Starting off as an expanded idea from a student project in 2011, Q.U.B.E. is a first-person puzzle game in which you manipulate multi-colored blocks in order to solve physics-based puzzles. It’s been a few years since the initial release on PC, and the team at Toxic Games have made some welcome changes to the Director’s Cut on Xbox One, which we’ll get in to here shortly.
Your character is equipped with a pair of futuristic gloves that can activate colored blocks by pressing the left and right triggers. Each color has its own unique ability, like bouncing, extending, or even rotating pieces of the room like a giant Rubix Cube, and discovering how and when to use each one is really satisfying. There’s some basic platforming here and there, but most of the excitement lied in fumbling my way through puzzles with a little old fashioned trial and error. My girlfriend and I passed our controller back and forth, twisting walls and launching blocks, trying this, and checking out that, waiting for a solution to pry its way in to our brains. I’ve always found puzzle games to be rewarding, and Q.U.B.E. did not disappoint.
“The added story elements are a nice touch, giving the game an almost Portal feel…”
If you’re familiar with the original game, I suppose you’d like to know what’s so different about the Director’s Cut. For starters, there’s a full blown story that plays out during the campaign now, complete with voice acting from the likes of Rachel Robinson; whom you may know as Fang in Final Fantasy XIII. Instead of a bare bones puzzle game, you’re now an amnesiac who awakens in a strange white room that turns out to be an alien space ship on a collision course toward Earth. Your only contact with the outside world is a female voice aboard the International Space Station that can only communicate in brief stints as they orbit around your location.
With that being said, your goal is still to solve increasingly difficult physics puzzles as you make your way through each sector. The added story elements are a nice touch, giving the game an almost Portal feel, but the overall concept seems a little far fetched. The sci-fi narrative paired nicely with the game’s visuals though, reminding me a bit of the Cube-with-a-C films that I’m a big fan of. It’s just hard to believe that an alien craft would launch toward Earth with a human inside solving multi-colored block puzzles, but hey, at least there’s something else to pay attention to. This is a video game after all, and the voice acting is some top notch stuff.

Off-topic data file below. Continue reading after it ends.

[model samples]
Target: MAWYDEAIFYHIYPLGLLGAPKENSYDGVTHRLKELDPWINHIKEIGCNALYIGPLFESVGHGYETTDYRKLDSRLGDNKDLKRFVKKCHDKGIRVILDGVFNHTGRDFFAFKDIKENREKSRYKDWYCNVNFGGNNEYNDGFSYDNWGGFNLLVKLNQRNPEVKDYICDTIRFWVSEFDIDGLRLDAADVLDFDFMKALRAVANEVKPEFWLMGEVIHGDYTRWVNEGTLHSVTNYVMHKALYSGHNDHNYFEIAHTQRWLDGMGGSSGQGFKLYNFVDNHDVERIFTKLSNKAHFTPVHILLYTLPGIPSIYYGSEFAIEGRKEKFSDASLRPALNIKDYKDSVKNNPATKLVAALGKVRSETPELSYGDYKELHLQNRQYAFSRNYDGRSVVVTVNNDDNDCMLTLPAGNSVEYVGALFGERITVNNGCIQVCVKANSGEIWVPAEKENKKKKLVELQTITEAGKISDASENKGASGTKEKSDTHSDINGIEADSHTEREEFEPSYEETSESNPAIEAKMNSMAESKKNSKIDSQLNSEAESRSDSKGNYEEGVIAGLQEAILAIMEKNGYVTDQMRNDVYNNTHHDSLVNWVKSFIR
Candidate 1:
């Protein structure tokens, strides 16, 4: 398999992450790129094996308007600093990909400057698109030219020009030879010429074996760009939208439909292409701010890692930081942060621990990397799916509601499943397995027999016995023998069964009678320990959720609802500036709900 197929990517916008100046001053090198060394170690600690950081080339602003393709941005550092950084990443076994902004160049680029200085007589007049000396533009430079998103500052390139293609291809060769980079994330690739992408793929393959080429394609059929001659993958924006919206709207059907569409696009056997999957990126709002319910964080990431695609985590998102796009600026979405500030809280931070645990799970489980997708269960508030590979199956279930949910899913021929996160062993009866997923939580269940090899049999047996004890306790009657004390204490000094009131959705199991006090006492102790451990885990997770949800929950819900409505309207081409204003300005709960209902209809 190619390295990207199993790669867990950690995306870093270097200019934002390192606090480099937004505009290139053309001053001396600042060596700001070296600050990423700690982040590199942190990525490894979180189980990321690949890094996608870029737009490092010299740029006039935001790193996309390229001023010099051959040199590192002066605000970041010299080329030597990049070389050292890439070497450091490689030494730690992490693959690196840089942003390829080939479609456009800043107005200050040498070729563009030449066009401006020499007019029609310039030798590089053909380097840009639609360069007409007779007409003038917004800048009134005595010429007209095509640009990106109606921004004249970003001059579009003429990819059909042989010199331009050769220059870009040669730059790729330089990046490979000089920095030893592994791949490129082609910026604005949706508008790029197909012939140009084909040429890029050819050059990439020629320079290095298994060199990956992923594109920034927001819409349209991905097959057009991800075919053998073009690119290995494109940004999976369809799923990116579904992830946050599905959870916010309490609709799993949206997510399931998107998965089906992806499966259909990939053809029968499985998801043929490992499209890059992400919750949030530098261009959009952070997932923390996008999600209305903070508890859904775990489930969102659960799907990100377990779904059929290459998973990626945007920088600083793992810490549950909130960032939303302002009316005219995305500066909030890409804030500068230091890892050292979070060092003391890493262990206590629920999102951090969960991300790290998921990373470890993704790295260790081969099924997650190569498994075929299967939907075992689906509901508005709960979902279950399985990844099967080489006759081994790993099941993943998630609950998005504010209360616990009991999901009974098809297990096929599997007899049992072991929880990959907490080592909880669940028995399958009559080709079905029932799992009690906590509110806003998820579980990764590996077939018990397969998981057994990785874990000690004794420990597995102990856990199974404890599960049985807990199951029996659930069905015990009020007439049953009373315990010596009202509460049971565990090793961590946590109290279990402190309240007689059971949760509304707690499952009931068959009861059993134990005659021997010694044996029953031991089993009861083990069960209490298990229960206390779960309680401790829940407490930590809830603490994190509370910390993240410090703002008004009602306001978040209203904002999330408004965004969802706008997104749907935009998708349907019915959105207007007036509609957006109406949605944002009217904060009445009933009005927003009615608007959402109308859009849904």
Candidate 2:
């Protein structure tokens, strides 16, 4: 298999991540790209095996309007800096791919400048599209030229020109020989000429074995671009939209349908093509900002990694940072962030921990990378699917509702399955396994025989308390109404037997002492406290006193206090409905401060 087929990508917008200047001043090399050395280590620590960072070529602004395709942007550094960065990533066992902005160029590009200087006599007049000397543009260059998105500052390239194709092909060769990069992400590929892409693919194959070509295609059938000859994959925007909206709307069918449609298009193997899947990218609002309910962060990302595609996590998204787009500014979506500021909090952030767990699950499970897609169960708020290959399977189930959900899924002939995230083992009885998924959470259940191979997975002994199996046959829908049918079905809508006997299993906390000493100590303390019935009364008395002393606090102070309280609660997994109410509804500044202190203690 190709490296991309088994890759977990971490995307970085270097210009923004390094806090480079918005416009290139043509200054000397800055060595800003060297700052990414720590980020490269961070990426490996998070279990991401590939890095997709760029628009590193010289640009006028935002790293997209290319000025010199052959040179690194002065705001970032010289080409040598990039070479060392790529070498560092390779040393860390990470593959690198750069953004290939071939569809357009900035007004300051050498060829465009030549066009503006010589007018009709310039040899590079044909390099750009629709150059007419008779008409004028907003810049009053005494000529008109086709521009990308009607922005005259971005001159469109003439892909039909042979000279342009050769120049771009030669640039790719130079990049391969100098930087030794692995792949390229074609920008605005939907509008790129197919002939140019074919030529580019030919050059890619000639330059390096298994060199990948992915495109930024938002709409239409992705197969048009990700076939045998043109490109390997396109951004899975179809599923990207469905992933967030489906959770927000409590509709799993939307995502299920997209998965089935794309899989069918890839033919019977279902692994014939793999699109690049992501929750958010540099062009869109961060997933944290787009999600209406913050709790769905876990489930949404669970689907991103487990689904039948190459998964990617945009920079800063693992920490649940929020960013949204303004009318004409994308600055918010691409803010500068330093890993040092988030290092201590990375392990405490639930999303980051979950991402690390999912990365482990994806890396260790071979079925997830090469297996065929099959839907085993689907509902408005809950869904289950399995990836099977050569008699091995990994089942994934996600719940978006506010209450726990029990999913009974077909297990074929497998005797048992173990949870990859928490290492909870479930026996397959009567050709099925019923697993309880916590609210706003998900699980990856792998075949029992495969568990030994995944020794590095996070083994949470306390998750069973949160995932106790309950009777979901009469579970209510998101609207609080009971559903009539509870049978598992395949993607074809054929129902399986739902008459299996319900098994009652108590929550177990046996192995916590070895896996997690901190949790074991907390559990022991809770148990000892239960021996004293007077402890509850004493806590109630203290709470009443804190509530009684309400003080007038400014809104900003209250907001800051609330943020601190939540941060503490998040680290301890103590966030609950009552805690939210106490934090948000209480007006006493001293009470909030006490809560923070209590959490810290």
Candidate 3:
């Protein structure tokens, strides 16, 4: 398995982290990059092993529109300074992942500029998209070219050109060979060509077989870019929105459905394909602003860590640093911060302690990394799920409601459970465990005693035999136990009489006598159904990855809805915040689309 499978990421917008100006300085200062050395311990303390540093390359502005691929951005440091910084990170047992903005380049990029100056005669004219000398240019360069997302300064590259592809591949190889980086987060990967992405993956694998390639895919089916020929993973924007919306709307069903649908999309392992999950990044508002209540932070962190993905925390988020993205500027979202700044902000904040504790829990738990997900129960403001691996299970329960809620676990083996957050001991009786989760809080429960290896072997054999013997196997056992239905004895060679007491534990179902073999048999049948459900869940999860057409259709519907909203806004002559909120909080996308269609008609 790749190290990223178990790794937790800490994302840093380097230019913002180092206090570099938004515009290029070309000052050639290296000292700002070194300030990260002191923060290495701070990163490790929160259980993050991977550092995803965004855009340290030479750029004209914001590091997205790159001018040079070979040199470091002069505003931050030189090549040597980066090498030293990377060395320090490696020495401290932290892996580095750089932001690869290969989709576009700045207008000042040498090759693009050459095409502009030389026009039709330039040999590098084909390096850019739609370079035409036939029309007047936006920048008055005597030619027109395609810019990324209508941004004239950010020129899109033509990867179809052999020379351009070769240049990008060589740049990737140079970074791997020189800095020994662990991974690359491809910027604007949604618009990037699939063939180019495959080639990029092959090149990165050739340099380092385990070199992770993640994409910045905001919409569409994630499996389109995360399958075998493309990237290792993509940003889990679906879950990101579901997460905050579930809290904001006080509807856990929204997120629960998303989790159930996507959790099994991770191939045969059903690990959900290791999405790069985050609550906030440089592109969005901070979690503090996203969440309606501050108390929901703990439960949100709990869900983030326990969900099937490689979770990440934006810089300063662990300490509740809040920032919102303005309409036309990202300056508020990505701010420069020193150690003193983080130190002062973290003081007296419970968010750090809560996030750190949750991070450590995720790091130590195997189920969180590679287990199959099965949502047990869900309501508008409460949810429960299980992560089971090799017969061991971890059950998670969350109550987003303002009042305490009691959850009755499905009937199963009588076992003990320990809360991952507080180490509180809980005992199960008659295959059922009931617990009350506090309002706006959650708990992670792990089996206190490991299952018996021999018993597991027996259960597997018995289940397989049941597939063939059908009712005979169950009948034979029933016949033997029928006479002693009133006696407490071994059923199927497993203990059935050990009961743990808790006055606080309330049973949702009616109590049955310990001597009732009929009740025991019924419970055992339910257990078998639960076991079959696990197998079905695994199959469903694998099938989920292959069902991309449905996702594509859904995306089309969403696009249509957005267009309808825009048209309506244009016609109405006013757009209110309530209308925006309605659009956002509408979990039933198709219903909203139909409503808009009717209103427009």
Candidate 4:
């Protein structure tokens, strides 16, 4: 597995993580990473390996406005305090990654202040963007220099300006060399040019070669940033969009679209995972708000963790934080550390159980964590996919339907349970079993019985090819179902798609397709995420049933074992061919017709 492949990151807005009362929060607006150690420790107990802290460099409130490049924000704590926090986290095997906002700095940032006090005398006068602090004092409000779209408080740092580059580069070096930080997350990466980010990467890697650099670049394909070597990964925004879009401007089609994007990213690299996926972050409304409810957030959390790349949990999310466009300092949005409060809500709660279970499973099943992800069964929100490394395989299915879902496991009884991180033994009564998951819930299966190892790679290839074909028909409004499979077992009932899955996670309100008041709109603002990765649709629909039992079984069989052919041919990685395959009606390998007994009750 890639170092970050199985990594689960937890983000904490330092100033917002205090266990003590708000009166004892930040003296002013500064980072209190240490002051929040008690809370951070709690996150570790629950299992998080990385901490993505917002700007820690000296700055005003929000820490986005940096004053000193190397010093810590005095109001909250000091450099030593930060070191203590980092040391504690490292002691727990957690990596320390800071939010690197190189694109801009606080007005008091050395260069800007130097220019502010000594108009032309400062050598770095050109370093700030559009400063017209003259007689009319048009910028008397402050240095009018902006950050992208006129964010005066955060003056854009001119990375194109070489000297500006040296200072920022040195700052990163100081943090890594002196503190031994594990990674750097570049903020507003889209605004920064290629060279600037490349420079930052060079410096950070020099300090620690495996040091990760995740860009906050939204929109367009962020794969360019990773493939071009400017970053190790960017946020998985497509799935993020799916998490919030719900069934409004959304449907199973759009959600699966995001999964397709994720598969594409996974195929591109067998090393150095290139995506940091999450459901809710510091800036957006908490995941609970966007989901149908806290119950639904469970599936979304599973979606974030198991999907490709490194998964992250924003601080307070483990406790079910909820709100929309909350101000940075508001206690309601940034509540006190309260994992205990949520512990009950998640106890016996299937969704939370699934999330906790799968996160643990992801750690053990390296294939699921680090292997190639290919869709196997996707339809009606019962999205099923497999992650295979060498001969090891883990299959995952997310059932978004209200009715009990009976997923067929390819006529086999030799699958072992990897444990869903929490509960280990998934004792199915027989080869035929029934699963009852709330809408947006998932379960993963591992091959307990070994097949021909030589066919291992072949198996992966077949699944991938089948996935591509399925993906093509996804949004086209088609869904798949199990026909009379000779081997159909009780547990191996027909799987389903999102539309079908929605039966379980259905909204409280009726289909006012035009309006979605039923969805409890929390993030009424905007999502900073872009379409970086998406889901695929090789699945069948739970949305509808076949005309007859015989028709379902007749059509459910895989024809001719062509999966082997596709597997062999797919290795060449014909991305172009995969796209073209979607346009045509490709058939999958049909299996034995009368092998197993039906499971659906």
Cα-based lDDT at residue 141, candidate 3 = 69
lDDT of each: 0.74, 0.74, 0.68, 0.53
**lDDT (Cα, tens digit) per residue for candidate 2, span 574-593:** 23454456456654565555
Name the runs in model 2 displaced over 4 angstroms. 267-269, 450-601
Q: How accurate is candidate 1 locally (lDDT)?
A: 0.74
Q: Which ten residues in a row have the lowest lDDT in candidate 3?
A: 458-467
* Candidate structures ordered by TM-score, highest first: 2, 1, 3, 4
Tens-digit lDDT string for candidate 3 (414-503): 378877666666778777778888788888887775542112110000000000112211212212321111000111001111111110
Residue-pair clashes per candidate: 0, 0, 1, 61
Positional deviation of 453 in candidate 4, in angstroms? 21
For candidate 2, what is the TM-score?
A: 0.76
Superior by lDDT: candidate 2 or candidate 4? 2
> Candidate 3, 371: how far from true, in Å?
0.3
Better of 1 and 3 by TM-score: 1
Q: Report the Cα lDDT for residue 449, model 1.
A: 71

Another addition to the Director’s Cut is a new 10-level time trial mode called Against the Qlock. Here you’ll use the same puzzle solving methods seen within the campaign, but inside of all new levels designed for speed running. This challenge mode provides a fair amount of extra content if you’re in to high scores, and the inclusion of power-ups, like increased run speed and higher jumping capabilities, were fun to play around with. There’s only one Achievement to unlock though, and all of the trials can be completed in about an hour, but it was still an amusing way to kill some time.
The campaign took me a little over 2 hours to complete, and aside from the time trials there wasn’t much else to do after that. It’s a brief but enjoyable experience, which is fine since the core mechanics are well executed and the game provides a nice challenge as a whole. The physics are a lot of fun to play around with as well, as each sector presents new challenges that are even tougher than the last. What starts off as a simple crash course in Q.U.B.E. 101 gradually introduces interesting hooks, like rotating rooms, reflective plates, and setting up blocks in order to roll balls down an incline.
“Q.U.B.E. is an accessible game that’s really well designed, but there’s just not a lot of staying power.”
Q.U.B.E. is certainly visually appealing, again, drawing comparison to the original Portal. Rooms are made of solid white cubes that sink and shift in order to open up new passageways, similar to the mechanical flat panels within Portal’s test chambers. Their fluidity made them feel alive, and I can see why Toxic Games felt the need to pen a new sci-fi story to go alongside their enjoyable puzzler. The soundtrack though is largely forgettable, and although the game has been remastered, there’s still a few off putting textures found in wires and cables during the game’s second half. There was also a puzzle or two where textures in the walls caused my blocks to stick, instead of working as intended.
Overall, Q.U.B.E. is an accessible game that’s really well designed, but there’s just not a lot of staying power. What’s there is a lot of fun, especially if you’re in to first-person puzzle games like Portal, The Talos Principle, or Pneuma; it’s just not something I see myself coming back to later on. When it was all over, I definitely wanted more to sink my teeth in to, but the accompanied time trials mode just wasn’t my cup of tea. It’s a cool addition to the Director’s Cut, sure, but without much in the way of Achievements or unlockables, my enjoyment ended with the campaign; which was well worth the price of admission.
Bradley Keene is the Executive Editor here at What’s Your Tag?, generally handling reviews, public relations, and our social media communications on Facebook and Twitter. He’s no stranger to sinking an absurd amount of time in to an MMO, but also has a deep seeded love for quirky indie games, pro wrestling, horror films, and his hometown of Baltimore, MD. Get in touch with him by e-mail at the address above, or follow him on Twitter.